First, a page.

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EU’s Digital Services Act under threat over fight between Parliament and France

After speedy negotiations, the EU’s Digital Services Act is teetering on the brink amid a fight between the Parliament and France, which holds the EU Council presidency, according to four officials and to documents seen by POLITICO.

In a move that would likely derail the swift finalization of the content-regulating law, a majority of political groups in Parliament — including Renew Europe, the Greens, EPP, the Left, and ECR — on Friday opposed changes made by the French Council presidency to the rulebook, according to internal correspondence seen by POLITICO.

“The plenary vote is at stake,” a Parliament official, referring to the state of affairs as a “hostage situation.”

Parliament was tentatively slated to vote on the bill in the internal market committee on June 16 and in plenary in July.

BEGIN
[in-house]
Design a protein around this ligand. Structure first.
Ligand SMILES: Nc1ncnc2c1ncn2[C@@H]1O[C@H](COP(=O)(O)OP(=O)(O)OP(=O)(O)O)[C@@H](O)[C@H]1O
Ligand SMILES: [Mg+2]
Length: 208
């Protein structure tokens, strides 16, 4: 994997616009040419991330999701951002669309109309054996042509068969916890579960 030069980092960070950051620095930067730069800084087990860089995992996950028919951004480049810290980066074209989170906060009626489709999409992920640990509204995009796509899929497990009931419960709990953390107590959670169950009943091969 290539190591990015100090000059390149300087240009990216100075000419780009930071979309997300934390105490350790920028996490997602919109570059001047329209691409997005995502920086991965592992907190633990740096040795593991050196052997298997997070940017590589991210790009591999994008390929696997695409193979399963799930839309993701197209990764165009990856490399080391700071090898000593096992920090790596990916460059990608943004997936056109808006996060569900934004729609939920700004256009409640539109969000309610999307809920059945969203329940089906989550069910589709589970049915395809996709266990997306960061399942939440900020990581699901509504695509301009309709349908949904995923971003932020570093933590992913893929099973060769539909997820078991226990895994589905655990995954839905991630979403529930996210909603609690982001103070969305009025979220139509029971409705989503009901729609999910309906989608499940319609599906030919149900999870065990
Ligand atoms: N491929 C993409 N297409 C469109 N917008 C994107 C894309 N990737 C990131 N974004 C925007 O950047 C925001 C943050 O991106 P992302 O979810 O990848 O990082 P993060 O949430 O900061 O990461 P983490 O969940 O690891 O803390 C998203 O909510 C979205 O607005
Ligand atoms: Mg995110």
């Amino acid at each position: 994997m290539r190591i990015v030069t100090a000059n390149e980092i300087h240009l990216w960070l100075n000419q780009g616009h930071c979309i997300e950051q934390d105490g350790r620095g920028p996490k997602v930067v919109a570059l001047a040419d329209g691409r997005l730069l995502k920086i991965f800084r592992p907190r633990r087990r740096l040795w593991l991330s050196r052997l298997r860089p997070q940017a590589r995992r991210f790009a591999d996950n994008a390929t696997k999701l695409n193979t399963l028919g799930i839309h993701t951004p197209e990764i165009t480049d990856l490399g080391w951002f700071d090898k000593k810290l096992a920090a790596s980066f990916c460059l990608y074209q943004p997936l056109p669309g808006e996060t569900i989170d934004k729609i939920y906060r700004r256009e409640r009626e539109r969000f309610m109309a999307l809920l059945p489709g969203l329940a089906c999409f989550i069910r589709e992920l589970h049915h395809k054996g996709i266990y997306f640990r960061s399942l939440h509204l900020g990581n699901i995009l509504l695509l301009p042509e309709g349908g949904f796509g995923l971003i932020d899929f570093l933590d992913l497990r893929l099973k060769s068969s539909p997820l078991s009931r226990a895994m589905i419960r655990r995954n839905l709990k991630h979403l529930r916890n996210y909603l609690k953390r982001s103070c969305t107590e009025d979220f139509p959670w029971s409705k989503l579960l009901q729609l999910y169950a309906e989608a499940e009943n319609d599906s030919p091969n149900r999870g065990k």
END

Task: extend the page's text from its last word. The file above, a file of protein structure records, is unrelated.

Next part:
The DSA seeks to crack down on illegal content and make the internet safer for people and consumers. While EU negotiators reached a political deal on April 23, parts of the law seeking to crack down on illegal content were left to be finalized during technical discussions between lawmakers and French diplomats.

The French presidency added new language to the law’s preambles which hadn’t been agreed to before.

According to the groups, companies could be forced to ensure illegal content doesn’t reappear after being removed, a controversial measure known as a “stay-down” obligation and one that was previously rejected by Parliament. Gambling and betting websites and posts would also be more protected from being blocked or taken down.

After MEPs submitted their objections around a month ago, France on Friday declined to delete a reference to gambling and made a limited change to a preamble, prompting anger from lawmakers, according to emails and a text obtained by POLITICO.

“It’s a fight between the Parliament and the Council now,” said a Parliament official.

According to two EU officials, France has not held any working-party discussions to propose new additions to the DSA since the political agreement in April.

The French presidency did not respond to a request for comment in time for publication.

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